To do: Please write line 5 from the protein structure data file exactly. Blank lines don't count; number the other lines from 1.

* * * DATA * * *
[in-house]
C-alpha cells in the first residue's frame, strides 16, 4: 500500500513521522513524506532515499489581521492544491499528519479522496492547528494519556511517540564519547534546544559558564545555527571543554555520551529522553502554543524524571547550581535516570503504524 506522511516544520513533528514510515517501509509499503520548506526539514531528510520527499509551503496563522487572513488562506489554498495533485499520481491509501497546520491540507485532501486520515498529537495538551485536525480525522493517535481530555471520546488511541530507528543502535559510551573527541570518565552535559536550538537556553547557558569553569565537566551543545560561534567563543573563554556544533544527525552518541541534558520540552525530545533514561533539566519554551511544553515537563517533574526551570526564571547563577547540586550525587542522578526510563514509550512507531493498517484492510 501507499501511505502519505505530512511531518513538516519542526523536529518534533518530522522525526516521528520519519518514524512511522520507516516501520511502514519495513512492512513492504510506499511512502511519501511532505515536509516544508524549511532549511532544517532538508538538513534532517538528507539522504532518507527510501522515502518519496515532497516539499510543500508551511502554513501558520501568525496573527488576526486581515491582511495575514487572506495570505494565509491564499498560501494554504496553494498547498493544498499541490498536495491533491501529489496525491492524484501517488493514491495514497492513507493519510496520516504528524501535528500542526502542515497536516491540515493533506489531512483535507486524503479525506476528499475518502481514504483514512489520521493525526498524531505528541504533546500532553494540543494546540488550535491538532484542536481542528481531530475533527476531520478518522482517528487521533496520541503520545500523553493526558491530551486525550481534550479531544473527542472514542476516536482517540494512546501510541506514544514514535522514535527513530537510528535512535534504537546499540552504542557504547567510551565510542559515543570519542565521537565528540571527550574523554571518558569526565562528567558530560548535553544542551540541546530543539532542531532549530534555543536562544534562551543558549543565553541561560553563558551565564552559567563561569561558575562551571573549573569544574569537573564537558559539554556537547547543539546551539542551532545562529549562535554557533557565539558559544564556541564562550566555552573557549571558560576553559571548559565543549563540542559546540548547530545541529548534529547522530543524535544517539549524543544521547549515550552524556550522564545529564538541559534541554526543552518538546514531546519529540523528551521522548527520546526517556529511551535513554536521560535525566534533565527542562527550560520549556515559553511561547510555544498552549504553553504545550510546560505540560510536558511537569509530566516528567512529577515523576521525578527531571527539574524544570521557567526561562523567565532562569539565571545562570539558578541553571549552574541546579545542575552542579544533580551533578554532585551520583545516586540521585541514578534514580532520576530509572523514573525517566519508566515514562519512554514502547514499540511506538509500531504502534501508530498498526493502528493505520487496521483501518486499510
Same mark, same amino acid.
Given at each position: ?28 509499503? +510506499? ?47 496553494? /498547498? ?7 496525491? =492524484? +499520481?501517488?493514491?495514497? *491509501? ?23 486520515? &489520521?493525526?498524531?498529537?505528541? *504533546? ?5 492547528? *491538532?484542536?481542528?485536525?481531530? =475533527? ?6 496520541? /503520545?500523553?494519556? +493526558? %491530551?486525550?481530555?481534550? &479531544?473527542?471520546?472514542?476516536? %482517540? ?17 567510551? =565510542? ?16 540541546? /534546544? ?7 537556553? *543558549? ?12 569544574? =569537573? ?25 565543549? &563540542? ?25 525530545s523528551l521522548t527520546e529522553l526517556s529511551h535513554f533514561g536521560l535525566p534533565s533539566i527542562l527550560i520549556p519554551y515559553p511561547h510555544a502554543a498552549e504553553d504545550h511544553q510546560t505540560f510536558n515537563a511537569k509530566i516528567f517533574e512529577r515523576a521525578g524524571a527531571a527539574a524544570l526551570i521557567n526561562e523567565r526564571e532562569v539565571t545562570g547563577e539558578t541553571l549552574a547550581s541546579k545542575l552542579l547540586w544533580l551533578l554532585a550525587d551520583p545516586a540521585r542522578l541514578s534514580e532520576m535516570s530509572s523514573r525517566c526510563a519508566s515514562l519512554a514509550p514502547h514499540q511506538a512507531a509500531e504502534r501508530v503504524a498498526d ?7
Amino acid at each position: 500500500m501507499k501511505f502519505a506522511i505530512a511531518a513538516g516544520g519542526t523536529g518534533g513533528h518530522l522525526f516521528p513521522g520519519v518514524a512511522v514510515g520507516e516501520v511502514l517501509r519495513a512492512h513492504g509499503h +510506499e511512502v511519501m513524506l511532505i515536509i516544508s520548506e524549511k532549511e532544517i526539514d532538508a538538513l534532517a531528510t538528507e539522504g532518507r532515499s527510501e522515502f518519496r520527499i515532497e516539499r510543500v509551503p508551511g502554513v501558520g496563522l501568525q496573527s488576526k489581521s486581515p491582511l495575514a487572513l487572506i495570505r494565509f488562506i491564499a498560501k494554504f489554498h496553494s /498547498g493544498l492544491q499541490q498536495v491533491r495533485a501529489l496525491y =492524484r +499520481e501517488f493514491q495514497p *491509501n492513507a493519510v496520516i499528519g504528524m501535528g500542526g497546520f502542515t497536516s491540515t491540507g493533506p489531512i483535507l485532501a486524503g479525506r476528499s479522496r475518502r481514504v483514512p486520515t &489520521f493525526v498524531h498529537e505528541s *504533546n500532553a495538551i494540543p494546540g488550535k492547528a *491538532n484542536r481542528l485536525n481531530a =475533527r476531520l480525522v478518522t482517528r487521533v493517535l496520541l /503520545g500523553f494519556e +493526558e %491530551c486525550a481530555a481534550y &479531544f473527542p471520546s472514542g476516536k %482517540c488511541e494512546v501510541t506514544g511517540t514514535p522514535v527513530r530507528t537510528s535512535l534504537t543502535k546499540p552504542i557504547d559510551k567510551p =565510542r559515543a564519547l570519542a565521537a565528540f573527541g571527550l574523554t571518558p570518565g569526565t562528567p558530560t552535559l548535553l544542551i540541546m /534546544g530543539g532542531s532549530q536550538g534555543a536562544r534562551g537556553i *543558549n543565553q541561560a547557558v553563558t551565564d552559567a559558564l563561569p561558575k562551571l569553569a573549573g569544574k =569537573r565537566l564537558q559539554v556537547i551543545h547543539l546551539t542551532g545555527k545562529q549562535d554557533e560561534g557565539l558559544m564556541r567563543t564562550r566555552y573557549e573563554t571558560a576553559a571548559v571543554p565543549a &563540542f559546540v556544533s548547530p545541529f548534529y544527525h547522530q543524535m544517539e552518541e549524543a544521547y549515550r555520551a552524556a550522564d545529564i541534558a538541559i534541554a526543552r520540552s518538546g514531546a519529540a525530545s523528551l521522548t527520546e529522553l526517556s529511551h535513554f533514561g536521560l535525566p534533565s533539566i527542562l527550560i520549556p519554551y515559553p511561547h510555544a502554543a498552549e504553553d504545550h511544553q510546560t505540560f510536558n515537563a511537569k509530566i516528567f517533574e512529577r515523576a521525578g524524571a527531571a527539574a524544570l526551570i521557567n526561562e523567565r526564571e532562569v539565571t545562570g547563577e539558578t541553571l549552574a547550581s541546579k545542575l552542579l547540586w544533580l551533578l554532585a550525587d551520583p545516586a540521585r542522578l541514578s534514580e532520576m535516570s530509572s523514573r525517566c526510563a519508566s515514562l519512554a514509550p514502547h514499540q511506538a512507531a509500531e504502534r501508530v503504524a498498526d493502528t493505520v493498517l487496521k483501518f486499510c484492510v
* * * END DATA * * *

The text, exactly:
Amino acid at each position: 500500500m501507499k501511505f502519505a506522511i505530512a511531518a513538516g516544520g519542526t523536529g518534533g513533528h518530522l522525526f516521528p513521522g520519519v518514524a512511522v514510515g520507516e516501520v511502514l517501509r519495513a512492512h513492504g509499503h +510506499e511512502v511519501m513524506l511532505i515536509i516544508s520548506e524549511k532549511e532544517i526539514d532538508a538538513l534532517a531528510t538528507e539522504g532518507r532515499s527510501e522515502f518519496r520527499i515532497e516539499r510543500v509551503p508551511g502554513v501558520g496563522l501568525q496573527s488576526k489581521s486581515p491582511l495575514a487572513l487572506i495570505r494565509f488562506i491564499a498560501k494554504f489554498h496553494s /498547498g493544498l492544491q499541490q498536495v491533491r495533485a501529489l496525491y =492524484r +499520481e501517488f493514491q495514497p *491509501n492513507a493519510v496520516i499528519g504528524m501535528g500542526g497546520f502542515t497536516s491540515t491540507g493533506p489531512i483535507l485532501a486524503g479525506r476528499s479522496r475518502r481514504v483514512p486520515t &489520521f493525526v498524531h498529537e505528541s *504533546n500532553a495538551i494540543p494546540g488550535k492547528a *491538532n484542536r481542528l485536525n481531530a =475533527r476531520l480525522v478518522t482517528r487521533v493517535l496520541l /503520545g500523553f494519556e +493526558e %491530551c486525550a481530555a481534550y &479531544f473527542p471520546s472514542g476516536k %482517540c488511541e494512546v501510541t506514544g511517540t514514535p522514535v527513530r530507528t537510528s535512535l534504537t543502535k546499540p552504542i557504547d559510551k567510551p =565510542r559515543a564519547l570519542a565521537a565528540f573527541g571527550l574523554t571518558p570518565g569526565t562528567p558530560t552535559l548535553l544542551i540541546m /534546544g530543539g532542531s532549530q536550538g534555543a536562544r534562551g537556553i *543558549n543565553q541561560a547557558v553563558t551565564d552559567a559558564l563561569p561558575k562551571l569553569a573549573g569544574k =569537573r565537566l564537558q559539554v556537547i551543545h547543539l546551539t542551532g545555527k545562529q549562535d554557533e560561534g557565539l558559544m564556541r567563543t564562550r566555552y573557549e573563554t571558560a576553559a571548559v571543554p565543549a &563540542f559546540v556544533s548547530p545541529f548534529y544527525h547522530q543524535m544517539e552518541e549524543a544521547y549515550r555520551a552524556a550522564d545529564i541534558a538541559i534541554a526543552r520540552s518538546g514531546a519529540a525530545s523528551l521522548t527520546e529522553l526517556s529511551h535513554f533514561g536521560l535525566p534533565s533539566i527542562l527550560i520549556p519554551y515559553p511561547h510555544a502554543a498552549e504553553d504545550h511544553q510546560t505540560f510536558n515537563a511537569k509530566i516528567f517533574e512529577r515523576a521525578g524524571a527531571a527539574a524544570l526551570i521557567n526561562e523567565r526564571e532562569v539565571t545562570g547563577e539558578t541553571l549552574a547550581s541546579k545542575l552542579l547540586w544533580l551533578l554532585a550525587d551520583p545516586a540521585r542522578l541514578s534514580e532520576m535516570s530509572s523514573r525517566c526510563a519508566s515514562l519512554a514509550p514502547h514499540q511506538a512507531a509500531e504502534r501508530v503504524a498498526d493502528t493505520v493498517l487496521k483501518f486499510c484492510v